Underground worksites such as mines and tunnels are tough and dangerous workplace environments: so much so that a small oversight can turn into a massive issue down the line, particularly when faced with difficult situations.
Because of the challenging conditions inherent to the site; the level of physical and mental preparedness required, as well as the responsiveness in challenging situations and a meticulous adherence to protocol are all hugely important factors.
Given the level of physical effort, attention to detail and sense of calm in emergencies required for the job, it is not surprising that many operators compare going down to the mine with mountain climbing or diving: you are faced with situations where a minor mistake could entail potentially terrible consequences.
For instance, the remote location of many mines could imply heavy delays in the arrival of emergency medical help and rescue teams: a deep cut that may be easily sorted out in a hospital could become a much bigger issue without medical help at hand.
Putzmeister Underground’s team has put together a list of things to bear in mind before heading underground.
Have you worked in underground mines and tunnels? Share your experiences and tips in the comment section below.
- Adapt to local altitude and temperature beforehand: Many mines such as in Peru are at located at high altitude, so it’s advisable to acclimatize appropriately in order to avoid altitude sickness and hypoxia. Other mines such as in Russia can see temperatures dip to around -30° Celsius, while mines in countries such as South Africa can see temperatures soar above 40° Celsius: try to get used to the local climate before you undertake physical tasks.
- Rest well and avoid alcohol: Make sure you get a good night’s sleep and avoid alcohol intake as well as any certain prescription drugs that could impair your abilities. Some underground mining and construction operations will carry out medical check-ups and do tests such as spirometry tests, stress tests, blood and urine tests, and even breathalyzers to ensure all operators are perfectly able to carry out their jobs.
- Check your protective equipment: it’s hugely important to check that your protective kit is complete and in good working order: overalls, safety harness, helmet, gloves, glasses, boots, etc.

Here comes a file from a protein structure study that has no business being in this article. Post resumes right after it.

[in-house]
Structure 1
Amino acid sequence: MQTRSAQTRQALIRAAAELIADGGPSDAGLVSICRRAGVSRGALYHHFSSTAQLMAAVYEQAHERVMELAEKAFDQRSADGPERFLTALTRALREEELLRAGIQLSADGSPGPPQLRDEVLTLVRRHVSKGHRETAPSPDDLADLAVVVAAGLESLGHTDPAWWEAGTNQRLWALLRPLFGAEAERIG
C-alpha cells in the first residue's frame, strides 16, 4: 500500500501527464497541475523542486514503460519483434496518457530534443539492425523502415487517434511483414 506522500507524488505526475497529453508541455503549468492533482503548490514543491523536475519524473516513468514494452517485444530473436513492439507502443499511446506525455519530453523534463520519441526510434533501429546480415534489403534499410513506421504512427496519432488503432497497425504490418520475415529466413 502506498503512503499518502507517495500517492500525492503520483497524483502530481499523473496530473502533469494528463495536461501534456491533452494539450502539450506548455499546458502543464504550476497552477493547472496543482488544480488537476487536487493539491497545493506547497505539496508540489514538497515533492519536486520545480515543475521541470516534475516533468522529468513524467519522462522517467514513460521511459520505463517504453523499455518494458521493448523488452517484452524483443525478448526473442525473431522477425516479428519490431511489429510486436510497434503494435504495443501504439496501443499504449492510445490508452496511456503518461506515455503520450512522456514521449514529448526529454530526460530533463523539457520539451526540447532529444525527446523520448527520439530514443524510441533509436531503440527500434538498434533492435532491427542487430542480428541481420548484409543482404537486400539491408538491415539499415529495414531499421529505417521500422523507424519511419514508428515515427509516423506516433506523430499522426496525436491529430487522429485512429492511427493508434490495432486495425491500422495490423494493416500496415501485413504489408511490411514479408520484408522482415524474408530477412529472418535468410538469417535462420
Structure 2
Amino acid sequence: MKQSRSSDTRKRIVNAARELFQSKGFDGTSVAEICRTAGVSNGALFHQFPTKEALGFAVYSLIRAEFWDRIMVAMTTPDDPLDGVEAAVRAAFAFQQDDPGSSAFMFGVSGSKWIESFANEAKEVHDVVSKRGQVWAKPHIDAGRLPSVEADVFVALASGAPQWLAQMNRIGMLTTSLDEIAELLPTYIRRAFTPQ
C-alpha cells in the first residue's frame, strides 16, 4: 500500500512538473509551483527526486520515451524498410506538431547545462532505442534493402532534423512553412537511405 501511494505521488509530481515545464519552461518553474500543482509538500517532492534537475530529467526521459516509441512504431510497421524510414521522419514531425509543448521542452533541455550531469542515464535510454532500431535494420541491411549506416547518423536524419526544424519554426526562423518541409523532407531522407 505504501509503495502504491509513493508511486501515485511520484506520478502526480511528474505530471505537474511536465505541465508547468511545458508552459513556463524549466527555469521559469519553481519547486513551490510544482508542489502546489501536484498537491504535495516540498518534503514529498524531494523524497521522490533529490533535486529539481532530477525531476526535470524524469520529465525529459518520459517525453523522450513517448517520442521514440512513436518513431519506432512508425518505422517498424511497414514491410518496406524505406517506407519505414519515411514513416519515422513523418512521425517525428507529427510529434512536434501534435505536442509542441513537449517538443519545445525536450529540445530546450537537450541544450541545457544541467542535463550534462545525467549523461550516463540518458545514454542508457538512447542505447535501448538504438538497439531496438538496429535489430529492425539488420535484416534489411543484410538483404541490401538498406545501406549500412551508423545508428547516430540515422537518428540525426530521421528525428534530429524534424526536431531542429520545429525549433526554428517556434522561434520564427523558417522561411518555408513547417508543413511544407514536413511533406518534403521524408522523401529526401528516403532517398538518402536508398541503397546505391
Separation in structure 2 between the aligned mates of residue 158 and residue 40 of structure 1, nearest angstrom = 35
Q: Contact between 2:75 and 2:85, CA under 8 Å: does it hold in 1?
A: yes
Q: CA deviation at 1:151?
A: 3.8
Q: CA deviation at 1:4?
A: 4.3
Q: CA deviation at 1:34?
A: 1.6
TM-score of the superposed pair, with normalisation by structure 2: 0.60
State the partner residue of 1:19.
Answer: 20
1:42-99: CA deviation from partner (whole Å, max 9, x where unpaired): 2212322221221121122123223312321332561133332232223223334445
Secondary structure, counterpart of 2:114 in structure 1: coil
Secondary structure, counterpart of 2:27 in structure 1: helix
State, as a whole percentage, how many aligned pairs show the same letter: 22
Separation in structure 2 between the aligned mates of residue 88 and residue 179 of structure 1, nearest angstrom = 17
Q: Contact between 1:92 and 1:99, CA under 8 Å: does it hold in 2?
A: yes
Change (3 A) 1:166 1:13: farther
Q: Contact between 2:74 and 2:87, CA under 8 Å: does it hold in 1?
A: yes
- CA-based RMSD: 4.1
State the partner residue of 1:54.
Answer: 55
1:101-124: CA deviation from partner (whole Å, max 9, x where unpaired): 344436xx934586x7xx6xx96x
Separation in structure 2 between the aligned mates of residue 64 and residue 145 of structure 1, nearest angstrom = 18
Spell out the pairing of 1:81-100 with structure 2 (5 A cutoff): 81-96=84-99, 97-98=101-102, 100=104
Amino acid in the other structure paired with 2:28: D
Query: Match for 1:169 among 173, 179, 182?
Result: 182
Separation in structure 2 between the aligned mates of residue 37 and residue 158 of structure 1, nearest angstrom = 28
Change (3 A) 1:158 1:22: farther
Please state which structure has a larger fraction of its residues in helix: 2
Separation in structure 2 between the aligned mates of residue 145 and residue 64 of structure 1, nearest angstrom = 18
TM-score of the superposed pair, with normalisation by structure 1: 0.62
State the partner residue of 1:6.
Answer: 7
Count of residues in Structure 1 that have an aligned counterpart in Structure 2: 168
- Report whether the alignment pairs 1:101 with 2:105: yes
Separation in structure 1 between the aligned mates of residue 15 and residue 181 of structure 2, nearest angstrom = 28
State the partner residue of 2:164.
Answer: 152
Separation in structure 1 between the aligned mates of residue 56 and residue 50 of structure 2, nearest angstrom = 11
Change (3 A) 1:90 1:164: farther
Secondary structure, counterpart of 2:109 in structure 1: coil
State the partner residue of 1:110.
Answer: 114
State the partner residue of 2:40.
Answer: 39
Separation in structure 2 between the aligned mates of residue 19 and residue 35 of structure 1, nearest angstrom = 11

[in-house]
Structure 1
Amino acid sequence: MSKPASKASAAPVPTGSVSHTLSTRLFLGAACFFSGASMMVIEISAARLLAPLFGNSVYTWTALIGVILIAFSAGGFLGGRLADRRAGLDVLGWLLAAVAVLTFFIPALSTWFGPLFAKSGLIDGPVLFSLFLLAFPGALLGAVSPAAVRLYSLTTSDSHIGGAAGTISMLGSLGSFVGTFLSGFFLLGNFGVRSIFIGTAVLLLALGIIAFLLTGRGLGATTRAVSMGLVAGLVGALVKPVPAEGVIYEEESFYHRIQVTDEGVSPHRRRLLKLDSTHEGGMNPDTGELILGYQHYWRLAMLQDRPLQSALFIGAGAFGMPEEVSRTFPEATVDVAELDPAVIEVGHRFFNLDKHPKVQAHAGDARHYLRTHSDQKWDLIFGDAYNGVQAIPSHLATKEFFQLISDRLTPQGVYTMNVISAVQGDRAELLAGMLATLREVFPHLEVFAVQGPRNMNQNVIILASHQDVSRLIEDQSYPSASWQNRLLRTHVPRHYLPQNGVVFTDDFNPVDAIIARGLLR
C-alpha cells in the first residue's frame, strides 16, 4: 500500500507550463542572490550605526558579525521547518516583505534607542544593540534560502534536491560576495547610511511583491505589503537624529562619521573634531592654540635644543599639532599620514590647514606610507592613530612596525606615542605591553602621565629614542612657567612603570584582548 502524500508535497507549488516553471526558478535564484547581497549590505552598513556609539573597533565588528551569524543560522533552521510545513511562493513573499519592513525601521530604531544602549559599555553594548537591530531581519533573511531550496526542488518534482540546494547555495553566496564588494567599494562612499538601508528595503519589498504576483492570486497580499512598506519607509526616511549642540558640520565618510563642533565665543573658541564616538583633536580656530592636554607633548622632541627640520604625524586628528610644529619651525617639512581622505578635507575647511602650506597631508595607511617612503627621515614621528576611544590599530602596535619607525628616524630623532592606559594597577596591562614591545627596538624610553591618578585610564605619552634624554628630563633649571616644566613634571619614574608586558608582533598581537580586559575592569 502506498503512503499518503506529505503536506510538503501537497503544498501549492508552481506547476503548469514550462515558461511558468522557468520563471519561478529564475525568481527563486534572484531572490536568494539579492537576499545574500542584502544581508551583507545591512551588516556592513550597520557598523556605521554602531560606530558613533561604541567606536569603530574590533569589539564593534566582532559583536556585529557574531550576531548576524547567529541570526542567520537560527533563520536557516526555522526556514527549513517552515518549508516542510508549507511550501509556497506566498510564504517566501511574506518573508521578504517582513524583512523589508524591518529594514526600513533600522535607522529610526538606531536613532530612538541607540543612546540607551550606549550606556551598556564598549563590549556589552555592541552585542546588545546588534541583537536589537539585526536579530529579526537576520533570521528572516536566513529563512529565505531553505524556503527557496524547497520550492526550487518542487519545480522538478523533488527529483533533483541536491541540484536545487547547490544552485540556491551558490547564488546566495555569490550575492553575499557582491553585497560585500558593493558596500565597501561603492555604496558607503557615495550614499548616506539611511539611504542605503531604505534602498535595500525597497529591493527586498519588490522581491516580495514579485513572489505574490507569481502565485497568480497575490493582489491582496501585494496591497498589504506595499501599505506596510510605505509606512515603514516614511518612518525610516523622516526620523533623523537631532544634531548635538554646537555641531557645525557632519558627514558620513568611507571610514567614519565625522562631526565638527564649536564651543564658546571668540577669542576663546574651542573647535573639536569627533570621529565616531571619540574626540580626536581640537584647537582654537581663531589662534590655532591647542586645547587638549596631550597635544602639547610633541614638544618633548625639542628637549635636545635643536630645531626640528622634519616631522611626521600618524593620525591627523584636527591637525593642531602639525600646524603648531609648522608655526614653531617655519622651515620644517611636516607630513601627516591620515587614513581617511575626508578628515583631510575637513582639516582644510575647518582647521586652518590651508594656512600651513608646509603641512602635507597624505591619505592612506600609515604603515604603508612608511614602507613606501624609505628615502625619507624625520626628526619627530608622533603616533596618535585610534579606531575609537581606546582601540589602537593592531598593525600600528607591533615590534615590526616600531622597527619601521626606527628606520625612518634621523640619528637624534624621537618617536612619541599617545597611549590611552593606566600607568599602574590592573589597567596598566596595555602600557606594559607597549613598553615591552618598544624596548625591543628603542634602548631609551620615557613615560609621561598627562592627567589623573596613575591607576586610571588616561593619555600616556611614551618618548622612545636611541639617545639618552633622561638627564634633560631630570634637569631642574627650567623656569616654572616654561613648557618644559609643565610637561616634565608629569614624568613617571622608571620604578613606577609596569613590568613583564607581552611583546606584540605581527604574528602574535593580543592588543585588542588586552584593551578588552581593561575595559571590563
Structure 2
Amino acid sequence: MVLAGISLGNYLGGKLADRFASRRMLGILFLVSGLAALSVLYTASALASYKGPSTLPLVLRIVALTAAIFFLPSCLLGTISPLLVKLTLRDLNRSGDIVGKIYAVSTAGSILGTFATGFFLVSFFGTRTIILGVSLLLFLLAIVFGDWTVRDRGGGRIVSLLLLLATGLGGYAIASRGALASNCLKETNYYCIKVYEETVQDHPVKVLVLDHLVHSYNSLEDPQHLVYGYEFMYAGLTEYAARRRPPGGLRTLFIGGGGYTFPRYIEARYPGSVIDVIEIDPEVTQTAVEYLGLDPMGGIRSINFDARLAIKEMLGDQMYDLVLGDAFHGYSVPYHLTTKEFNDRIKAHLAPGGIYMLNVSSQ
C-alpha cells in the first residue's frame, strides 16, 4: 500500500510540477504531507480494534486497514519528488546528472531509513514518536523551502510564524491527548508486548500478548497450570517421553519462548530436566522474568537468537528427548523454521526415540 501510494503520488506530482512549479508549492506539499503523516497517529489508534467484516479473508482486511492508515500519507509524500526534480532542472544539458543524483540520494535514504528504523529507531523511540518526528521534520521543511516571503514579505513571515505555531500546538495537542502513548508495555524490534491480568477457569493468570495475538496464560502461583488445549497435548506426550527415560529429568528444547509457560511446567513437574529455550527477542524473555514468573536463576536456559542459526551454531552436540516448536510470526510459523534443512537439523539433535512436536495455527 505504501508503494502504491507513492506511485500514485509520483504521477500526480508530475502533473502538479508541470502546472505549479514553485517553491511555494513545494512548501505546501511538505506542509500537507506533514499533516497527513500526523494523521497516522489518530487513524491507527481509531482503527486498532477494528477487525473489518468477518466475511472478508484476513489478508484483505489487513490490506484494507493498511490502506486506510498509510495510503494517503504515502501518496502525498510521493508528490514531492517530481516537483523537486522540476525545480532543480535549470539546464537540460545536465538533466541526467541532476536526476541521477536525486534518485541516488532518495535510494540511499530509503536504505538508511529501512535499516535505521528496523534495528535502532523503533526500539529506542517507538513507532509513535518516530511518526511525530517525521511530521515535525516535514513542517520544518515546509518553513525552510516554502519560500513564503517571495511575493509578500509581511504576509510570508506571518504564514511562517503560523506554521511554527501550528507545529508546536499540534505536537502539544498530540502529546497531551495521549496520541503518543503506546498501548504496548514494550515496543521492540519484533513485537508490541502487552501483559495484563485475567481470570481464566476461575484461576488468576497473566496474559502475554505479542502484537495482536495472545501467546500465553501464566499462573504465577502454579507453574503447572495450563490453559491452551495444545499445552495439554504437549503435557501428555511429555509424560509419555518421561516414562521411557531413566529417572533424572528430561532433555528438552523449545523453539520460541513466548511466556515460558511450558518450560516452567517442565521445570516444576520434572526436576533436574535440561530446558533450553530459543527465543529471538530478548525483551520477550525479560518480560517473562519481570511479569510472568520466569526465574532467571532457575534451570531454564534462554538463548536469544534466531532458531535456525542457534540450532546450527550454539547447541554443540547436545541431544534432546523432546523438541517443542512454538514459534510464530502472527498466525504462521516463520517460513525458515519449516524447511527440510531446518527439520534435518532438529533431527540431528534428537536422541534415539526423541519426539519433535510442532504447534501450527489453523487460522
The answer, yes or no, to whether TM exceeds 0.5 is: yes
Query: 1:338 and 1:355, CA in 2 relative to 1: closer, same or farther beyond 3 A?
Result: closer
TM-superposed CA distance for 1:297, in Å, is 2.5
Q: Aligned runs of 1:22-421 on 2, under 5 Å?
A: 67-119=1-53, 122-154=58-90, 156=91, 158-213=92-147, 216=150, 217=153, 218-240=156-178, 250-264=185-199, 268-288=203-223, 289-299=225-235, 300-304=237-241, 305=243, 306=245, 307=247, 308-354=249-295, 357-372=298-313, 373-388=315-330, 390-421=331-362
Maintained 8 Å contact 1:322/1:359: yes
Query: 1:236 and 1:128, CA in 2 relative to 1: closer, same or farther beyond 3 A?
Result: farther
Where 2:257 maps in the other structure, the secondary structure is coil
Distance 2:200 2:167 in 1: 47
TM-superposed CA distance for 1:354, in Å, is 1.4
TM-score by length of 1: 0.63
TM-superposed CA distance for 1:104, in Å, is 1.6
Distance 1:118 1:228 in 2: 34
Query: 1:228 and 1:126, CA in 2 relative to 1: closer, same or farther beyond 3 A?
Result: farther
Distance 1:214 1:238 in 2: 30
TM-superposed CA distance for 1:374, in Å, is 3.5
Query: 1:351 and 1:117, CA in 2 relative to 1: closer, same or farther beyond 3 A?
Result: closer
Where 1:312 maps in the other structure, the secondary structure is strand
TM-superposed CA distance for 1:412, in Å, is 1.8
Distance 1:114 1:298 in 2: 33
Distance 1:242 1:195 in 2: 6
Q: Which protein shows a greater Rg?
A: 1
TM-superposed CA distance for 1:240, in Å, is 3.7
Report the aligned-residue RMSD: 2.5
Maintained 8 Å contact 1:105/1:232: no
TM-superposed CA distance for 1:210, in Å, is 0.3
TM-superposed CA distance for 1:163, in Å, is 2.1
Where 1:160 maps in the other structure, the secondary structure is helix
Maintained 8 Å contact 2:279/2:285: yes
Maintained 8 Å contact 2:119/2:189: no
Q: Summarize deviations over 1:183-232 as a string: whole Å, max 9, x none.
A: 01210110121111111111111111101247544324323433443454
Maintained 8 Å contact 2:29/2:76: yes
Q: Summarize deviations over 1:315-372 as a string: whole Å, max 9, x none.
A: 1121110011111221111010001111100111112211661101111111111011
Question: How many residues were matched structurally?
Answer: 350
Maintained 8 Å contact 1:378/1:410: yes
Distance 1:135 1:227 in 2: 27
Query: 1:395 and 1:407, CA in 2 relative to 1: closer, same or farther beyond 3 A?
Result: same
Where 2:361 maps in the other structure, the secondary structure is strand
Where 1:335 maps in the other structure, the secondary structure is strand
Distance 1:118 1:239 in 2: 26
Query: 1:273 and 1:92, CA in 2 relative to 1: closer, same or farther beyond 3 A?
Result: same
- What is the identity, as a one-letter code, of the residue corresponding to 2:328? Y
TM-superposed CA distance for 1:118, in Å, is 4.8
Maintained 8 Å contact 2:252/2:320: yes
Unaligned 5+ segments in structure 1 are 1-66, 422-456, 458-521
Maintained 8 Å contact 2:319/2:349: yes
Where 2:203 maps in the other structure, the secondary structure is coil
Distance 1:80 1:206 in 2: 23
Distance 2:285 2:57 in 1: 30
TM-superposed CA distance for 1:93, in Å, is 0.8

- Ensure your lamp is in working order: your lamp is one of the most important pieces of kit in the mine. Not only does it improve visibility for the carrier, but it also allows you to be seen by other operators, and it is common to find a code of signals that indicate whether it’s safe to do certain things like such as moving ahead or backwards. Make sure you also have enough battery to see you through your working day.
- Familiarize yourself with the oxygen escape set: this piece of kit could prove essential to your survival in the event of an emergency. The breathing set provides oxygen for use in extreme circumstances such as fires or landslides. It’s absolutely paramount to know how to use it: misuse could result in severe injuries such as oesophageal burns.
- Properly pack your kit when using transport: for underground mining transport, make sure you have no loose, dangling bits of equipment that could get caught in the rock and cause accidents.
- Memorize escape routes and shelters: Make sure you remember the layout of the site, including the location of key escape routes and shelters or other emergency rescue chambers in the immediate vicinity in case of emergency.
- Remain calm yet vigilant: underground construction sites will often see many different jobs being carried out simultaneously: there could be several bits of equipment working which together make a great deal of noise, as well as drill and blast work. It’s imperative to remain calm yet vigilant.
- Abide by the mine’s safety measures: Every mine is a world onto itself, and is subject to its own set of rules and procedures, designed to best suit the specific needs of that site. Make sure to know what they are and implement them, particularly in case of emergency.
- First ensure your own safety, then help others: operators are always trained to be look after themselves first, and helping out other team members only after having ensured their own safety first when in an emergency.